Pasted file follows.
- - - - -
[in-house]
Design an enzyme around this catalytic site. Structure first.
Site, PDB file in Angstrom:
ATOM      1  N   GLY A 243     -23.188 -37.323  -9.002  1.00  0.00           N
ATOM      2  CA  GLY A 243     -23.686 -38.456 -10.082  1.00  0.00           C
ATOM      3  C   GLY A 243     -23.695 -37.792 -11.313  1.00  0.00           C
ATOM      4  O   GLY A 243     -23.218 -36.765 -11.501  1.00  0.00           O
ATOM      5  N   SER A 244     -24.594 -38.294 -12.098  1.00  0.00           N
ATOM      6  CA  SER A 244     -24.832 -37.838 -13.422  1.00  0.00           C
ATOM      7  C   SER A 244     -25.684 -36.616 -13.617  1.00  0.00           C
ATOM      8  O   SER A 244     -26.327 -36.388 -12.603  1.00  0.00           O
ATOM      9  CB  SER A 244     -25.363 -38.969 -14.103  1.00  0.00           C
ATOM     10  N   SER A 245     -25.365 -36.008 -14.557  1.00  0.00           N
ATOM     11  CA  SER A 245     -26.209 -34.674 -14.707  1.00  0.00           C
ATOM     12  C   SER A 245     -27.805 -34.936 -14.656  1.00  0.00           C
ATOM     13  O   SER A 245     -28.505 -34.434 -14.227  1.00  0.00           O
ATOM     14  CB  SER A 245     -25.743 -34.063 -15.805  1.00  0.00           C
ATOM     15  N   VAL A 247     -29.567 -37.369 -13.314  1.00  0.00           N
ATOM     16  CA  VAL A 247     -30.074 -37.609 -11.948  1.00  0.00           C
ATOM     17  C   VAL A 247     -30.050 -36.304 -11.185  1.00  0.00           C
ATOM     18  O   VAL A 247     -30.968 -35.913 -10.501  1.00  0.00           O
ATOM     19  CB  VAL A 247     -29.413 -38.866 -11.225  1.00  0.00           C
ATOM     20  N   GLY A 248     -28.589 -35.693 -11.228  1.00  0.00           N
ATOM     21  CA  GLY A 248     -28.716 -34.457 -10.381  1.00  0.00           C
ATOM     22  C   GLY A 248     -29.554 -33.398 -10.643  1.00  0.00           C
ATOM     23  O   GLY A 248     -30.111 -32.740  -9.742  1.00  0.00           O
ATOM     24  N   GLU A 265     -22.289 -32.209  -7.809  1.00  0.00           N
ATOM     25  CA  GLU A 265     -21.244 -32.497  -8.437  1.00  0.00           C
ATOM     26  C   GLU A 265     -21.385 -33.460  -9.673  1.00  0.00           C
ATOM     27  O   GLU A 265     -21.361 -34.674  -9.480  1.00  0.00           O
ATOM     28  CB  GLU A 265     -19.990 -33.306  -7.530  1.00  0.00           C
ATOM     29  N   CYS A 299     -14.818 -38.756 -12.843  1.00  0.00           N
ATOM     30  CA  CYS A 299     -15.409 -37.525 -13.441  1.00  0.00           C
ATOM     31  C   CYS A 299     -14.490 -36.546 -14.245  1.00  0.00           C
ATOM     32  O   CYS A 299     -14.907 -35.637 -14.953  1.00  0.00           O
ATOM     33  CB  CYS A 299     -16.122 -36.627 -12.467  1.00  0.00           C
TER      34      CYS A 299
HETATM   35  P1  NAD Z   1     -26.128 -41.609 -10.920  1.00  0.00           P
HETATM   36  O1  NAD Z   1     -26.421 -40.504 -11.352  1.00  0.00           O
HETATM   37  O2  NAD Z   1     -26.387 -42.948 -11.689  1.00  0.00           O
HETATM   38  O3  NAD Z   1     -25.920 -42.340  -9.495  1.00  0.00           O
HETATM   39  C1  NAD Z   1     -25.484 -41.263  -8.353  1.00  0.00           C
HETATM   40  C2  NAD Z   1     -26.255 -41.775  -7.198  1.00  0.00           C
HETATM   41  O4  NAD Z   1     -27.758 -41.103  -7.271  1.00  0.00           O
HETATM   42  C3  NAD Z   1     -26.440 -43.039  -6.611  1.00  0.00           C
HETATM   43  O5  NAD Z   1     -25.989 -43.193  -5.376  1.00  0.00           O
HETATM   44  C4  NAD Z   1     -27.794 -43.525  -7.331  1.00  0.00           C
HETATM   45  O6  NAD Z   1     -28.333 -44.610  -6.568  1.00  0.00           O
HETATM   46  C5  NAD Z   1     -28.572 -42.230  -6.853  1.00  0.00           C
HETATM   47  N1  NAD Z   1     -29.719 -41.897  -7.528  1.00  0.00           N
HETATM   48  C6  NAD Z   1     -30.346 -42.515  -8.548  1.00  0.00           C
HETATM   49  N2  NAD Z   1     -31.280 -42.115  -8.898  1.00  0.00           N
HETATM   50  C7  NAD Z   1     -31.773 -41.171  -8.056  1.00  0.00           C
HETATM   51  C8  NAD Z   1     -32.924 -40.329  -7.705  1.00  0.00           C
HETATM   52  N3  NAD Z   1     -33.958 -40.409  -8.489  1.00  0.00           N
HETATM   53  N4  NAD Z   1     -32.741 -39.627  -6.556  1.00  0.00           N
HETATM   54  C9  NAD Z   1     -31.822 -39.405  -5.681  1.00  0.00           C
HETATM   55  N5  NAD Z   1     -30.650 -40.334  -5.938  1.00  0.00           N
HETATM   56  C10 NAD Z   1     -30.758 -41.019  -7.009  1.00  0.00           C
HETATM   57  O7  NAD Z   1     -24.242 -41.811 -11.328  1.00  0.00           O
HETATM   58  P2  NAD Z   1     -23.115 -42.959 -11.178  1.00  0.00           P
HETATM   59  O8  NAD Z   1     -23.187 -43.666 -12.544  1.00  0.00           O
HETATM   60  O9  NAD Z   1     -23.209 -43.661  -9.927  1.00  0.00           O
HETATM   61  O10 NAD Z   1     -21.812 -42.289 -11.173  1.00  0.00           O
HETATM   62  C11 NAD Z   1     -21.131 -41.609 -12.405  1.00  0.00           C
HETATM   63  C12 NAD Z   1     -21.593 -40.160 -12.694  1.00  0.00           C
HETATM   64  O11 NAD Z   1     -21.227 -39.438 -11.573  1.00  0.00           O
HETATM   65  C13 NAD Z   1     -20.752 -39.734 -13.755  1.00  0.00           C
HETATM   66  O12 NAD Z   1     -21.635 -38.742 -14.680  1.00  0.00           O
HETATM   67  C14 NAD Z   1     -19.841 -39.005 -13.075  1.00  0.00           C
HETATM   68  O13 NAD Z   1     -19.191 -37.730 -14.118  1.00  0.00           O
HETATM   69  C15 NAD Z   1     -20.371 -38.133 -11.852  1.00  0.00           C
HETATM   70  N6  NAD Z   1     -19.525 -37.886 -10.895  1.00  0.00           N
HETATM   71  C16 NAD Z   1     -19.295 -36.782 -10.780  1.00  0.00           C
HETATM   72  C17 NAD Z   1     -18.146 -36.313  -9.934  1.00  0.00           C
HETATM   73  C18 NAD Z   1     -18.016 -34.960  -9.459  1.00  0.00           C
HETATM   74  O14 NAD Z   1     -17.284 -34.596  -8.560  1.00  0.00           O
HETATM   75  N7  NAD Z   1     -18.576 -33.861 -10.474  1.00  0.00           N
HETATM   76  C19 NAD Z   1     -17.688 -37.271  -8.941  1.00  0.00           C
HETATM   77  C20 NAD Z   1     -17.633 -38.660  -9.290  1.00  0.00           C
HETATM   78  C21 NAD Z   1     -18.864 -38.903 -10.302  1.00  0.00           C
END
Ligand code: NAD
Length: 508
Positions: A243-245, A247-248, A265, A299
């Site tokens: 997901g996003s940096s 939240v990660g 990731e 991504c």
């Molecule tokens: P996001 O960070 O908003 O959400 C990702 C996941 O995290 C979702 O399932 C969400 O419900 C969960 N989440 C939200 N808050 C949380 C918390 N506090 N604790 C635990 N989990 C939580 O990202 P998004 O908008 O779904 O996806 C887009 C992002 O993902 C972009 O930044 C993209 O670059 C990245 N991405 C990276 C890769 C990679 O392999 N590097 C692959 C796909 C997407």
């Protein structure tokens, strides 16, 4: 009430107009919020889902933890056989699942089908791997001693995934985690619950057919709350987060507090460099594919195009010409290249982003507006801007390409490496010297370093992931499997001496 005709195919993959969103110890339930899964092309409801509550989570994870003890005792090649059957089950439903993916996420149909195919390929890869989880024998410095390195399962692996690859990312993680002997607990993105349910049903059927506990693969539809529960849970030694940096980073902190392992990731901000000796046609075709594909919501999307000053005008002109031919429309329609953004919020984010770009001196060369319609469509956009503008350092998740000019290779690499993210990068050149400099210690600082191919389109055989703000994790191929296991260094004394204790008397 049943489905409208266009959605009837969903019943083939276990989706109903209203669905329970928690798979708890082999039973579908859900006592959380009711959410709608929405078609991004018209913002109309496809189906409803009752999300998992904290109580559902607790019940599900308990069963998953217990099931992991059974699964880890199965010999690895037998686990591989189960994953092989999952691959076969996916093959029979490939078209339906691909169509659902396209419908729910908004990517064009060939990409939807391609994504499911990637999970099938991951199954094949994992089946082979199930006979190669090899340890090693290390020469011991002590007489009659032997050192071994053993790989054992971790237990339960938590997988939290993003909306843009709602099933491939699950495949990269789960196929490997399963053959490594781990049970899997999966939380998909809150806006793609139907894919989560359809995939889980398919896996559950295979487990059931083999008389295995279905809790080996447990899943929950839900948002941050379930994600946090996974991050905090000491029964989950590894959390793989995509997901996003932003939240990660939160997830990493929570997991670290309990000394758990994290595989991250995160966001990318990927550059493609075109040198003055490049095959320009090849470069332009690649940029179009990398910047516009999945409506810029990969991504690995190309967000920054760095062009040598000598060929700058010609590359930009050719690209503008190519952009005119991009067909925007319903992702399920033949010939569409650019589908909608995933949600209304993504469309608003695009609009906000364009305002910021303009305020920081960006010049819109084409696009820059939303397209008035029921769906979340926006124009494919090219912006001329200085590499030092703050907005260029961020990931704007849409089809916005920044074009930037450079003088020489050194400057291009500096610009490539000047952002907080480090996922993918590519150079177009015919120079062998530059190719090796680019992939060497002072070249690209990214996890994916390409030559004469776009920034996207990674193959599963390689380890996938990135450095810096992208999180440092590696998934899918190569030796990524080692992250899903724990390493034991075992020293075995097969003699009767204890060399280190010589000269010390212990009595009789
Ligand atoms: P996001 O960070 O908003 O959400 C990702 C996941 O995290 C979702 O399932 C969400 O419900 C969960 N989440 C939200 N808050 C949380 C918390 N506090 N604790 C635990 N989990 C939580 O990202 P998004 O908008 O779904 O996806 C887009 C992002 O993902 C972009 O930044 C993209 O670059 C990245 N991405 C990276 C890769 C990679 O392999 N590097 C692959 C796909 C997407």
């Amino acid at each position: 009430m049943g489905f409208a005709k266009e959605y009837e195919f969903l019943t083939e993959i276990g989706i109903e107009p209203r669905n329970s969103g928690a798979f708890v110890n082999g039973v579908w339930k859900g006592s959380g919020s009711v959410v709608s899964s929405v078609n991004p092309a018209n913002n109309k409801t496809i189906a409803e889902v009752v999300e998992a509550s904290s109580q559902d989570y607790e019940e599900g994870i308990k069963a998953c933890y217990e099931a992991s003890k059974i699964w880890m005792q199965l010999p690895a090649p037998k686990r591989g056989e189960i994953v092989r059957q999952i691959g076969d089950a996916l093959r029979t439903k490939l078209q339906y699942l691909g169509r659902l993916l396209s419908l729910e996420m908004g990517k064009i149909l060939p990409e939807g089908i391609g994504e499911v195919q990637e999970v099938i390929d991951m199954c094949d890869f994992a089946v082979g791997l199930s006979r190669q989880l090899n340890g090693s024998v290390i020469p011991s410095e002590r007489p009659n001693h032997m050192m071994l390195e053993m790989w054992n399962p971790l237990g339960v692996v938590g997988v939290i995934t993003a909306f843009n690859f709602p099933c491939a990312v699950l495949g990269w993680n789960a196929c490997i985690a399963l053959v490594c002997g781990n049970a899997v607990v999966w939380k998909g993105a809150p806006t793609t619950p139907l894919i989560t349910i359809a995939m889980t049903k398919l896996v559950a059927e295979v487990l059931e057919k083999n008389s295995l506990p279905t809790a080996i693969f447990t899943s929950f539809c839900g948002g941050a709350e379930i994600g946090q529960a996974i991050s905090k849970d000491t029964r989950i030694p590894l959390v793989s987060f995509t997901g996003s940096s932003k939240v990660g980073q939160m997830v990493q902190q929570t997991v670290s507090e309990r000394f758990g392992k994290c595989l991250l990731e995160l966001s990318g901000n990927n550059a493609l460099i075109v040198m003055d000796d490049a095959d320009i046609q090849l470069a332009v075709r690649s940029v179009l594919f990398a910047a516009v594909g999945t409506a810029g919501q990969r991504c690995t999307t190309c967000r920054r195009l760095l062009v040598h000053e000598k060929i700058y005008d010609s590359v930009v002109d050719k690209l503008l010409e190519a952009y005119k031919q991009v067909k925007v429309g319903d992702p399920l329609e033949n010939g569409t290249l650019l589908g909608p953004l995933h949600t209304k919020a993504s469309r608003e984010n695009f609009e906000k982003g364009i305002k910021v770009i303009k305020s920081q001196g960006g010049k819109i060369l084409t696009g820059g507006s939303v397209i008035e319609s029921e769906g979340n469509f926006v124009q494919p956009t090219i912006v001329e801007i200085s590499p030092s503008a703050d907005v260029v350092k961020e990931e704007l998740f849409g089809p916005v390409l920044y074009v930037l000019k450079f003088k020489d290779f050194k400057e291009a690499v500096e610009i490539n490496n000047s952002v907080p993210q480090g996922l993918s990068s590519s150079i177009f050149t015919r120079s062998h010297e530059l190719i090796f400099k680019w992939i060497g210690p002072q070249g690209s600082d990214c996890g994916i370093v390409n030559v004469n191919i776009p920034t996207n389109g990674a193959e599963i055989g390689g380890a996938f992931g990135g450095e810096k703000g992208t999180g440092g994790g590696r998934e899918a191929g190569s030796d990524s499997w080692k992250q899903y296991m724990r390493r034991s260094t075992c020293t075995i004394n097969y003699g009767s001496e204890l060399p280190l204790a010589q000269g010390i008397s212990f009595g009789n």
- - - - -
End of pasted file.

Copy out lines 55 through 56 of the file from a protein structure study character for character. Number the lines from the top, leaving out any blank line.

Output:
HETATM   52  N3  NAD Z   1     -33.958 -40.409  -8.489  1.00  0.00           N
HETATM   53  N4  NAD Z   1     -32.741 -39.627  -6.556  1.00  0.00           N